For the Birds Radio Program: Viola Update
As of December second, I am both delighted and saddened to report that Viola, the little Rufous Hummingbird, is still visiting my feeders. The past couple of days have been dreadfully cold and windy, and she’s spent most of the time eating. I put two little window feeders out where I can see her, and she spent pretty much the same amount of time at the sugar water one and the one fortified with ground-up mealworms. Most days since she’s been here, she’s stopped feeding in early or mid-afternoon, but on December first and second she ate until after sunset, so I’m very concerned that she is getting more and more stressed by the cold. One hummingbird expert I wrote to said that birds that are in the wrong place are genetically unfit and it’s better if they die, but there’s no evidence that this bird is the least bit genetically unfit—she’s an adult who clearly has successfully made the migration at least once before. Chances are that this year her first nest was destroyed by one of the fires in the Rufous Hummingbird range out west, or she lost her babies in bad weather, and circumstances led her to renest too late in the season to be able to get enough fat on her body before migration.
Some people have been suggesting that the fact that she’s so dependent on my feeders is proof that I shouldn’t have been leaving feeders out in November. But without my feeders she’d have died weeks ago, hungry as well as cold, and it would have been just as sad, only with no people aware of her passing. One of the best things about being human is the capacity to care about a struggling little bird, and to do what we can to help for no other reason than that it’s the right thing to do.
Intuitively and logically, we know that hummingbirds are fragile creatures. But they’re shockingly strong and feisty, with a huge life force belying their tiny size. Viola peeks in the window at me, and doesn’t seem nervous with my watching and photographing her, but that’s probably because she’s so focused on eating. I was gone for a week, and my mother-in-law kept the feeders warm and the sugar water fresh, and Viola managed very well. Now that I’m back, I’ve been keeping track of her appearances. Wednesday she first appeared at 7:17, and returned to my window feeders dozens of times through the daylight hours, making her last visit as it grew dark at 4:06. I wrote down the times for many of her feedings, and which feeder she was choosing. There were snow flurries for much of the day, and then we got a lot of snow on Thursday. That day she first appeared at 7:32 and didn’t leave until 4:21. It seemed so strange to see a hummingbird when the trees were bare and snow was flying, and my whole house was groaning with the cold. I know people who have successfully kept wintering hummingbirds alive in the southern and central states, in winters when only a day or two were below zero and most days reached the 40s. Unfortunately, that’s not the weather pattern in Duluth.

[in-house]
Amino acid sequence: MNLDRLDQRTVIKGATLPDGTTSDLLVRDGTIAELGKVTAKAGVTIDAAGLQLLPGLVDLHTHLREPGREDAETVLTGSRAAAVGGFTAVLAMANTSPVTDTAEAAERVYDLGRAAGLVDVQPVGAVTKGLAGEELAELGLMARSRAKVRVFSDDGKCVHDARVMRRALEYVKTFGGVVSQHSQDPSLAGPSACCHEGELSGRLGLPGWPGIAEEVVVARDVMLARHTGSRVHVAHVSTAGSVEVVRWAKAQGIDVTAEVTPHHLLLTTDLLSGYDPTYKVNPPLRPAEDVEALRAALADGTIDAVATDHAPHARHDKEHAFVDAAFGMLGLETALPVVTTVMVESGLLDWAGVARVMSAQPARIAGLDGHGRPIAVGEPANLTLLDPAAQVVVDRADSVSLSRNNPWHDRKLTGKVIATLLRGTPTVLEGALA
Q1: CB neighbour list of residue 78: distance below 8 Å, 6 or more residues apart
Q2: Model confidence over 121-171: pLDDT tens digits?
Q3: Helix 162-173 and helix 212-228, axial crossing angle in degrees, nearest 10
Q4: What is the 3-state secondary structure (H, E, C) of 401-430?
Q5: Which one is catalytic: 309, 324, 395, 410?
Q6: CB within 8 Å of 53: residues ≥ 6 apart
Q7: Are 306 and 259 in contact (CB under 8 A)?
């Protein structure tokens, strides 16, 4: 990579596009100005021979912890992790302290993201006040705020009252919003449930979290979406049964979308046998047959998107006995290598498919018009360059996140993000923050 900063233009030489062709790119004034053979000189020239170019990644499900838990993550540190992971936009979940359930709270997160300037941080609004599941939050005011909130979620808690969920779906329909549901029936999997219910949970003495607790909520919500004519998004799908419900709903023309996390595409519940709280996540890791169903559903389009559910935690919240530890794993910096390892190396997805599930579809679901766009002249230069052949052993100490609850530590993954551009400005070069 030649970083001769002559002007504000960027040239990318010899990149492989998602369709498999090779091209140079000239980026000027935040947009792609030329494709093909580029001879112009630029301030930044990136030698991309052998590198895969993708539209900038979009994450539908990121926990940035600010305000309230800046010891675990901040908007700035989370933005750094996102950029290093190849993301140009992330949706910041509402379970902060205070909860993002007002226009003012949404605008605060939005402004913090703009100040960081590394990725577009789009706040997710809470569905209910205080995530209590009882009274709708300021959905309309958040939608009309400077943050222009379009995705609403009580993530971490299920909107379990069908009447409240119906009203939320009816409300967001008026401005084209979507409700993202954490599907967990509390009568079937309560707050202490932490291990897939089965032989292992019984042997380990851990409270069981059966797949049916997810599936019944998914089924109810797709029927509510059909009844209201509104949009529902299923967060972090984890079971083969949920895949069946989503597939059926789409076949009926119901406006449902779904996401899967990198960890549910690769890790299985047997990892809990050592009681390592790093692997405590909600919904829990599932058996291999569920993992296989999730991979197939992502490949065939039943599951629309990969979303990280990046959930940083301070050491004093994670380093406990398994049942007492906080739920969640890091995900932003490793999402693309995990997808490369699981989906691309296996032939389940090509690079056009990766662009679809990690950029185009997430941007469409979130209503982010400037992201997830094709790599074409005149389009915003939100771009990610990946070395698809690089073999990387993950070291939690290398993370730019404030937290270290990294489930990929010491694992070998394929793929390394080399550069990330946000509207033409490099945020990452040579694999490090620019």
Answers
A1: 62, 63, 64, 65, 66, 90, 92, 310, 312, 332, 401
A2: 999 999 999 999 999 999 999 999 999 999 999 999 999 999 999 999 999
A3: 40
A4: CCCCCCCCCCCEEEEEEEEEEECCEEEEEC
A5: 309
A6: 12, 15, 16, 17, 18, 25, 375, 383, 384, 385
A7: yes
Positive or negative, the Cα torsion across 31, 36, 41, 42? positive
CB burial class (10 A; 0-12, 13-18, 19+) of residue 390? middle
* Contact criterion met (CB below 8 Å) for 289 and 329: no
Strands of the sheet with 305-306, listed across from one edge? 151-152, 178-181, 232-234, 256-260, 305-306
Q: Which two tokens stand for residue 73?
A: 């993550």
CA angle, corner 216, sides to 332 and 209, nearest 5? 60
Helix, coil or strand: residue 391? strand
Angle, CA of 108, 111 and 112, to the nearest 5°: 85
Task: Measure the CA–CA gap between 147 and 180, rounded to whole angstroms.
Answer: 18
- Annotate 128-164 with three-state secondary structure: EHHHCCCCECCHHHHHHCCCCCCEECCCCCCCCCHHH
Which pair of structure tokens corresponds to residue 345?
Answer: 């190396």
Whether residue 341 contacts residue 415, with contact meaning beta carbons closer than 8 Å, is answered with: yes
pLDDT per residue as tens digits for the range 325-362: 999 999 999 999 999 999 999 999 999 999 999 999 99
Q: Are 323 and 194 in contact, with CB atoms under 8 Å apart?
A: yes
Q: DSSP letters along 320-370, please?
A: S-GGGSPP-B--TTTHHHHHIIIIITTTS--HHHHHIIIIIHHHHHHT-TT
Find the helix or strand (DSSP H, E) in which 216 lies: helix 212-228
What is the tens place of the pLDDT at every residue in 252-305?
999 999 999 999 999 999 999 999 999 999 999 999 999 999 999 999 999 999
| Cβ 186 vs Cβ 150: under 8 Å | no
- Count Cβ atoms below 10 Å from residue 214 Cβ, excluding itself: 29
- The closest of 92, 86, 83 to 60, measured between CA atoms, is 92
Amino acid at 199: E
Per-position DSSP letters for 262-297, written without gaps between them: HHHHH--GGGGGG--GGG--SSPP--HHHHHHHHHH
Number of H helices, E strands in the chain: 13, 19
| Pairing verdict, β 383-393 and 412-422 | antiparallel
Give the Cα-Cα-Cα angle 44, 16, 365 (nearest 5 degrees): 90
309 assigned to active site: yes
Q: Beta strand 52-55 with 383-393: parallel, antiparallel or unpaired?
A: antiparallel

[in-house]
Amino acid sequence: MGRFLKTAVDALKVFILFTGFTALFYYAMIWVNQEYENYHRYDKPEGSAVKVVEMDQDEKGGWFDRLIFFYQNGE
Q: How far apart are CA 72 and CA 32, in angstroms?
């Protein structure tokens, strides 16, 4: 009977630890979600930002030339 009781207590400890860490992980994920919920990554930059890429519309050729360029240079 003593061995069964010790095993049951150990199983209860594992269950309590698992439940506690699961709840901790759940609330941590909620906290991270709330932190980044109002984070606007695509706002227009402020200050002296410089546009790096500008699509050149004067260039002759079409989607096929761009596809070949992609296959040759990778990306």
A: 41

So on Thursday, I left the window to my office open, with one feeder hanging on the inside, and she fed at it a few times, peeking around at the room. After a few quick looks, she finally flew right into my office, and hovered in the center, her body slowly spinning as she looked all around the room in wonder. But she apparently disapproved of the décor because then she turned tail and headed right back out the window. I think she’s not so much a finicky Martha Stewart type as Huck Finn—she just can’t bear the thought of getting “sivilized” regardless of the alternative. I’ll keep offering her the choice of a warmer roosting place, but it doesn’t look likely that she’ll compromise herself and sacrifice her freedom for a warm safe spot. I only wish that, like Huck Finn, this story would find our hero receiving rich rewards, and end with her lighting out for the territory.